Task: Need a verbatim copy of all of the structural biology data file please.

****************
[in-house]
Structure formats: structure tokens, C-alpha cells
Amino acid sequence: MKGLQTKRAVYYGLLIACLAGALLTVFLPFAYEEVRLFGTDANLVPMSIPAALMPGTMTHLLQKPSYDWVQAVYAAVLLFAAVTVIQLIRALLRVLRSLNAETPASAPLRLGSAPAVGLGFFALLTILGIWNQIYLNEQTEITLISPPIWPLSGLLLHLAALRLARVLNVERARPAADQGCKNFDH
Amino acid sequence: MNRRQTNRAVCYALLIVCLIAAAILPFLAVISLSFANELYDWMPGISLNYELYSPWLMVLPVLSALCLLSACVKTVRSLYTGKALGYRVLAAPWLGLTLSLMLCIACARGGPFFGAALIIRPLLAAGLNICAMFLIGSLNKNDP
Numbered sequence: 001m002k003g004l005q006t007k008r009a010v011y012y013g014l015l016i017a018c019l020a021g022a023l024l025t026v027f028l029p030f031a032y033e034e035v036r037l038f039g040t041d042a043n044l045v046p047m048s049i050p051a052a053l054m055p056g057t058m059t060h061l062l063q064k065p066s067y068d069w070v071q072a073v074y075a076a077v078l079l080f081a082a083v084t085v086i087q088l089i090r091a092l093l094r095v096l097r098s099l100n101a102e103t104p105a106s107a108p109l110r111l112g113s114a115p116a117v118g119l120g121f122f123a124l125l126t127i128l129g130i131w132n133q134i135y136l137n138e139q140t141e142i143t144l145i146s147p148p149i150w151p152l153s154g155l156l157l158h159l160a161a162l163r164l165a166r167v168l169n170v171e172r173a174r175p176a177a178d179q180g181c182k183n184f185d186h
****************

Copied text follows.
[in-house]
Structure formats: structure tokens, C-alpha cells
Amino acid sequence: MKGLQTKRAVYYGLLIACLAGALLTVFLPFAYEEVRLFGTDANLVPMSIPAALMPGTMTHLLQKPSYDWVQAVYAAVLLFAAVTVIQLIRALLRVLRSLNAETPASAPLRLGSAPAVGLGFFALLTILGIWNQIYLNEQTEITLISPPIWPLSGLLLHLAALRLARVLNVERARPAADQGCKNFDH
Amino acid sequence: MNRRQTNRAVCYALLIVCLIAAAILPFLAVISLSFANELYDWMPGISLNYELYSPWLMVLPVLSALCLLSACVKTVRSLYTGKALGYRVLAAPWLGLTLSLMLCIACARGGPFFGAALIIRPLLAAGLNICAMFLIGSLNKNDP
Numbered sequence: 001m002k003g004l005q006t007k008r009a010v011y012y013g014l015l016i017a018c019l020a021g022a023l024l025t026v027f028l029p030f031a032y033e034e035v036r037l038f039g040t041d042a043n044l045v046p047m048s049i050p051a052a053l054m055p056g057t058m059t060h061l062l063q064k065p066s067y068d069w070v071q072a073v074y075a076a077v078l079l080f081a082a083v084t085v086i087q088l089i090r091a092l093l094r095v096l097r098s099l100n101a102e103t104p105a106s107a108p109l110r111l112g113s114a115p116a117v118g119l120g121f122f123a124l125l126t127i128l129g130i131w132n133q134i135y136l137n138e139q140t141e142i143t144l145i146s147p148p149i150w151p152l153s154g155l156l157l158h159l160a161a162l163r164l165a166r167v168l169n170v171e172r173a174r175p176a177a178d179q180g181c182k183n184f185d186h